NationsBank Corp.'s planned acquisition of Boatmen's Bancshares would create the country's third-largest bank mutual fund complex, with a geographic reach rivaling some national fund brands'.

After completing the Boatmen's deal, NationsBank would boast a trust and asset management division with $111 billion of assets under discretionary management, making its the sixth-largest bank-owned asset management business in North America. The merged banks would have more than $23 billion of proprietary mutual fund assets, pushing ahead of Wells Fargo & Co. and trailing only Pittsburgh-based giants PNC Bank Corp. and Mellon Bank Corp.

This kind of scale is expected to provide more money for marketing and promotion, fueling NationsBank's ambitious mutual fund efforts. But marrying the $18.3 billion-asset Nations funds and the $6.1 billion-asset Pilot funds may prove trickier than other, similar consolidations, several observers said.

One stumbling block would be the divergent retail strategies of the two institutions.

NationsBank began selling its funds without sales charges, or loads, in January. For customers who seek advice, NationsBank offers a share class that carries a 50-basis-point contingent sales fee for one year.

In addition, NationsBank has announced plans to raise the retail ante further by launching a no-load mutual fund supermarket, carrying funds from more than 20 companies and its own, beginning this month.

Boatmen's, by contrast, has followed the traditional course of selling retail funds through bank brokers. While NationsBank had $16.2 billion of assets in retail funds, Boatmen's had only $49 million in retail shares at June 30, according to Lipper Analytical Service, Summit, N.J.

Nevertheless, the existing Boatmen's program would force NationsBank to consider "anew whether they'll have dual structures," said Geoffrey H. Bobroff, a mutual fund consultant in East Greenwich, R.I.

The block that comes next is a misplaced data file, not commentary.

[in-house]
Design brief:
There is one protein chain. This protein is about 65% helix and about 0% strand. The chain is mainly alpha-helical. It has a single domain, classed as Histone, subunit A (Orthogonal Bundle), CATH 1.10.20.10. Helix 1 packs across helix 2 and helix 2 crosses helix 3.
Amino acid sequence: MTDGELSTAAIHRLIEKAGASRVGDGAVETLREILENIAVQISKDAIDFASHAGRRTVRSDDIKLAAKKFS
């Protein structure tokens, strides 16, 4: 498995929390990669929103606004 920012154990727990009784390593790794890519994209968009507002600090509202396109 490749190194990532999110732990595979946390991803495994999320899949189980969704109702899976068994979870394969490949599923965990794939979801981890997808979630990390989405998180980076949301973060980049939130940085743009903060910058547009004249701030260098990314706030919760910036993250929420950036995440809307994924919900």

Pushing both proprietary load and no-load funds in the retail channel would be an "administrative nightmare," Mr. Bobroff said. He predicted that NationsBank would stick with its no-load strategy.

Another imposing hurdle would be consolidating Boatmen's 14 funds with NationsBank's sprawling 44-fund complex - which Mr. Bobroff said is already overdue for pruning.

In addition, Boatmen's has yet to fully digest the fund family of its recent acquisition Fourth Financial Corp., Wichita, Kan., which has nearly $750 million of assets, a Boatmen's executive said.

But NationsBank's overwhelming lead in investment product sales will almost certainly carry the day, one consultant said.

"As big as Boatmen's is, it really will not be a factor in how Nations is going to operate except to divert attention of senior management in the funds group," said Richard Ross, an investment products marketing consultant based in Glencoe, Ill.

A likely casualty of the merger will be the roles of Bisys Group, Little Falls, N.J., as administrator and distributor for the Boatmen's funds.

NationsBank, with twice the assets and the upper hand in management, is likely to shift the business to Stephens Inc., its distributor and co- administrator. NationsBank shares some administration tasks with First Data Corp.'s shareholder services group.

"I can't imagine they'll stay with Bisys," said John Pelletier, general counsel at Funds Distributor, Boston. "The minnow is not going to swallow the whale."

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